Through speaking with a friend who had experienced a heart attack, I came to meet Ali. Ali’s approach was different to what I had experienced in hospital, but it very much fitted with my own beliefs and what I was hoping for going forward. Talking with Ali, he opened my eyes to other options for managing high cholesterol, like changes in my diet. Nothing Ali told me was revolutionary or surprising; his approach advises us to do the things we all know we should be doing, but usually aren’t (eating healthily, exercising regularly etc.).
Ali changed my thinking. He told me from very early on that if I wasn’t going to do anything with the information we talked about, I would be better off taking a statin. With my dislike of medication, that was all the motivation I needed!
I went through the CardioFitr programme, which I found helpful. It was a very safe environment, one that gave me the confidence to push myself far more than I would have if I had gone to a gym by myself. This gave me a big mental boost.
Ali explained everything to me in depth, and I found his approach was always very balanced. He gave me all the information I needed to make my own decisions and choices. I found that my new-found awareness led to changes occurring naturally.
Since meeting Ali, I feel healthier and I don’t have the heart problems I had before. My cholesterol levels have come down and subsequent scans have shown that the build-up of fatty deposits in my arteries has gone. This is in line with how I feel in myself and is proof that Ali’s approach works.
I am now at the stage of seeing Ali for an annual check, but it is also reassuring to know that I can always pick up the phone and speak with him if I have any queries.
I had a cardiac incident a few years ago, and was admitted to hospital through A&E. I already knew that I had high cholesterol. I also knew that I had quite severe reactions to statins (this was sadly proven once again when I was prescribed three different statins to try to manage my cholesterol…).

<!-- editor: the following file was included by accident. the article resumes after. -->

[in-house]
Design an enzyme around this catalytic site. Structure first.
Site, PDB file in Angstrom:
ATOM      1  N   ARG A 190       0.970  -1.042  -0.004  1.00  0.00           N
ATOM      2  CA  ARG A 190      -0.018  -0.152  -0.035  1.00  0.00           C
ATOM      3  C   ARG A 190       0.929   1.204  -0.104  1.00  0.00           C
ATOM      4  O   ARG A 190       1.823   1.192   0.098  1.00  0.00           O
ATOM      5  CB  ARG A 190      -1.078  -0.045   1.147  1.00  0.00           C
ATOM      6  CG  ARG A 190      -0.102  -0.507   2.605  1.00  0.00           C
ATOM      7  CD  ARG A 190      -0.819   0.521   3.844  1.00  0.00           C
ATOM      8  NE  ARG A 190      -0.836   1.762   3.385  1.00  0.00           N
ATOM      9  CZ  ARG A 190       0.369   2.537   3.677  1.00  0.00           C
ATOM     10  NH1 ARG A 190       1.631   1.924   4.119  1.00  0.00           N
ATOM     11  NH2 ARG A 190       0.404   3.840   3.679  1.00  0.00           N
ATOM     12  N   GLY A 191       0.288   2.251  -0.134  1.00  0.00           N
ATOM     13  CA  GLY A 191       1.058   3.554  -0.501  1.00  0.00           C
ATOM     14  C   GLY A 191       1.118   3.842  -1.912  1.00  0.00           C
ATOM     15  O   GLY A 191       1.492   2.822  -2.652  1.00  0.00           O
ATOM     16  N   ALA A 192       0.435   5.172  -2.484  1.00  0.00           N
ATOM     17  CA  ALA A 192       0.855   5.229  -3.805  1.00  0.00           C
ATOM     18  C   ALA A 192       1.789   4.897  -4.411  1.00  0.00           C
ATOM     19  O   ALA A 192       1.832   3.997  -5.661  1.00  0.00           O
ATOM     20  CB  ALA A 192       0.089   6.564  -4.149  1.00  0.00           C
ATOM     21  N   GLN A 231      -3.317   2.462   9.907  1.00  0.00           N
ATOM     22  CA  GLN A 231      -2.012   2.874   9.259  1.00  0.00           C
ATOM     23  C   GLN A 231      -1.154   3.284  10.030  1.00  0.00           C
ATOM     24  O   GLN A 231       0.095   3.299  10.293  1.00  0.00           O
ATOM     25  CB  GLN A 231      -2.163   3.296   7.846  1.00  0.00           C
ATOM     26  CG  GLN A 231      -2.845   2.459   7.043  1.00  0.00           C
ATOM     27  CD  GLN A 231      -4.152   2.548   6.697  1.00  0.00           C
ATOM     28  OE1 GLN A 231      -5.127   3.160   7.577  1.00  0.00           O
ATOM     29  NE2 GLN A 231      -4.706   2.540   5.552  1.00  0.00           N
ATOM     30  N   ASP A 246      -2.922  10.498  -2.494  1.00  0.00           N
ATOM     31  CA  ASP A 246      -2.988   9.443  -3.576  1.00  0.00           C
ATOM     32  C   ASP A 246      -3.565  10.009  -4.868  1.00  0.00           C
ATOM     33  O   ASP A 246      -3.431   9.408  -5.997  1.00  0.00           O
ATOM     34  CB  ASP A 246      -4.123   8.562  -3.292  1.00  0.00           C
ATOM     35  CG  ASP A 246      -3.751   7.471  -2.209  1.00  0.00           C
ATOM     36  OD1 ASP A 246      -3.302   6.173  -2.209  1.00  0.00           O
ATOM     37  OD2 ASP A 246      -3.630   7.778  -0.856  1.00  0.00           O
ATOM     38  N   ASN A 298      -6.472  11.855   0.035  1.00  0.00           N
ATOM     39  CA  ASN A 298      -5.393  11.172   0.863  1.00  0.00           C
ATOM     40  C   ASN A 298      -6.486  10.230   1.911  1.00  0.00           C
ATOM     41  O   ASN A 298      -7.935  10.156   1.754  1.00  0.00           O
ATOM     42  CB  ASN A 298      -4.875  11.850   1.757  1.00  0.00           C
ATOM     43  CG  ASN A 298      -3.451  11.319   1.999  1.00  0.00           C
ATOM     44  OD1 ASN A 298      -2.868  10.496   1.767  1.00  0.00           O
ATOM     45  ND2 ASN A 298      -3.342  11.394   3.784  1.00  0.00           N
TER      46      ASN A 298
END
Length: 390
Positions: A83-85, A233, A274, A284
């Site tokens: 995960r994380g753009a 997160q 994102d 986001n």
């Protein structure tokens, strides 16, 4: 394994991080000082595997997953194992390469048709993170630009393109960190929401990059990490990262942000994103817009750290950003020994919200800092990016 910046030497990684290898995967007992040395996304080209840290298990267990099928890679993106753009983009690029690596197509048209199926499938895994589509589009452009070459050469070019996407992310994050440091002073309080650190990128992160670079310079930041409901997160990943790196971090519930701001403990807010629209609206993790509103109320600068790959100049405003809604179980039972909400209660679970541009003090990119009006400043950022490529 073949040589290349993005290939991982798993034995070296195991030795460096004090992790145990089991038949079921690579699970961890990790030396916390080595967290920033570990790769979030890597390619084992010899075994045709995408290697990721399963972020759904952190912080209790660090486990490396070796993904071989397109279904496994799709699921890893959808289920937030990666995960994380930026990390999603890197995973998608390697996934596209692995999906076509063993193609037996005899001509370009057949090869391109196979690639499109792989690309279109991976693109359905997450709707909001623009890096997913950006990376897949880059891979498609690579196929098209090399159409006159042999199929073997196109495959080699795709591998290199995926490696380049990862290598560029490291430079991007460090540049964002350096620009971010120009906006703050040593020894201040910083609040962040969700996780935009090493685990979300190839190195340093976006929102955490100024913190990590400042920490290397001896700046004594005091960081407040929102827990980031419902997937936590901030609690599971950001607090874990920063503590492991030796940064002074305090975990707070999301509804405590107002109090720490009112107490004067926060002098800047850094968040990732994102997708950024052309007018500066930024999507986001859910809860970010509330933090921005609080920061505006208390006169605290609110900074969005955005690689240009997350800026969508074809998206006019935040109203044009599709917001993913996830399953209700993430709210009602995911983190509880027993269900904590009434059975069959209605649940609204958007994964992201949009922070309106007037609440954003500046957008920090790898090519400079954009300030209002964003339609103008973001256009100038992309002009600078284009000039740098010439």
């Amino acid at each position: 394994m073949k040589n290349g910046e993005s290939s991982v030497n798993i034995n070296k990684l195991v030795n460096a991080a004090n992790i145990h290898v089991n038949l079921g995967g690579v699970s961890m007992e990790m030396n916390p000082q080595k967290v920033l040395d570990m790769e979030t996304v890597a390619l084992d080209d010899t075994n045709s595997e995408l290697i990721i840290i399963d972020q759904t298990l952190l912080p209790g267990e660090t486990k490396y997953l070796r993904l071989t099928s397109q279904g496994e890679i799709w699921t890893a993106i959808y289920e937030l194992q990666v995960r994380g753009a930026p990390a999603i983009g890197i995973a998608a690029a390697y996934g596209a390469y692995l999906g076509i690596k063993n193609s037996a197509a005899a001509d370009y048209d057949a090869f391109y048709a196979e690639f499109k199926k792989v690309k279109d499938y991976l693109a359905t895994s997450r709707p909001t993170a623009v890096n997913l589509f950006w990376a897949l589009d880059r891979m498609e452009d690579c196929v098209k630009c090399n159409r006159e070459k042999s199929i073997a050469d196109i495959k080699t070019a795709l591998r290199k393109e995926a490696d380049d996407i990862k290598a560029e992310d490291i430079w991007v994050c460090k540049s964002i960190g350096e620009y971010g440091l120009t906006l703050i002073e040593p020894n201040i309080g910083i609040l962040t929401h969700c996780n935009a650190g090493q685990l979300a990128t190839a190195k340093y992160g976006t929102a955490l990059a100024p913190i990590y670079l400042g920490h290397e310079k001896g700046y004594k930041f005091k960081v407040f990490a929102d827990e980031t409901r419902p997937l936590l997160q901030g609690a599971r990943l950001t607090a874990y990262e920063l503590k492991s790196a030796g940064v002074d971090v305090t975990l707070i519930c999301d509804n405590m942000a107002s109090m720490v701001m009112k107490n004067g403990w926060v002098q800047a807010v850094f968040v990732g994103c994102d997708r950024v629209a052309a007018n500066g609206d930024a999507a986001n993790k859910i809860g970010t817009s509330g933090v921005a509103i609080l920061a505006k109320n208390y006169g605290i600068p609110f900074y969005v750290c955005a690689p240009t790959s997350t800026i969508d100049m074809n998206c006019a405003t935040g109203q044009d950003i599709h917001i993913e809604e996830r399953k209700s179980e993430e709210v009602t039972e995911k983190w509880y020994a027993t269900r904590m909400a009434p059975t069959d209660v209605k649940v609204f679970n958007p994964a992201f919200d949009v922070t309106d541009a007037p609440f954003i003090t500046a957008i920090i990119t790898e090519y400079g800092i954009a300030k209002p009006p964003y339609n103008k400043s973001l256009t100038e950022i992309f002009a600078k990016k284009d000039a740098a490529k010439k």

I was fortunate to meet Ali fairly early on. We had a very good conversation about my diet, where he told me that if I didn’t make any changes, I would definitely need to take statins, regardless of side effects.
I really didn’t want to take statins. Although what Ali said made sense, I didn’t really want to agree with him, so I gave myself a month to try to prove him wrong! With this ‘I’ll-show-him’ mentality, I proceeded to behave myself and to do exactly what he said.
A month later, there was a marked improvement in my cholesterol level. I had also started losing some excess weight. At the end of the second month, I was feeling much better in myself and sleeping well.
Although I set out to prove Ali wrong, I am glad to say that I didn’t succeed!
Ali’s approach is collaborative. Once a month, I saw my GP to have my cholesterol checked. These results were then sent to Ali for his review. Over just a few months, blood tests showed that my cholesterol had decreased significantly.
I had an implantable loop recorder put in by Ali. This tiny device recorded the electrical signals and my heart rhythm continually, with the data it captured uploaded wirelessly so that Ali could review it. If there was any unusual heart activity, the system would pick it up and notify Ali and his team.
I found the dietary advice Ali gave me was helpful and the food was very nice. It took a while to properly adjust to things, but I don’t feel like I’m missing out on anything. I travel a lot for work, and find hotels are happy to make adjustments to menus for me.
Ali gave me easy guidelines to live by. As a result of his advice, I do not need to take a statin and I have lost weight. I followed the dietary and lifestyle advice Ali gave me and am very happy with the results.
- Cardiac arrhythmia treatment
- Cardiac pacing
- Cardiology diagnostics
- Cardiovascular screening
- Non-invasive cardiology treatments
- Coronary angioplasty (PCI)
- Heart failure treatment
- Hypertension treatment
- Transthoracic echocardiography
- Microbubble testing (myocardial contrast echocardiography)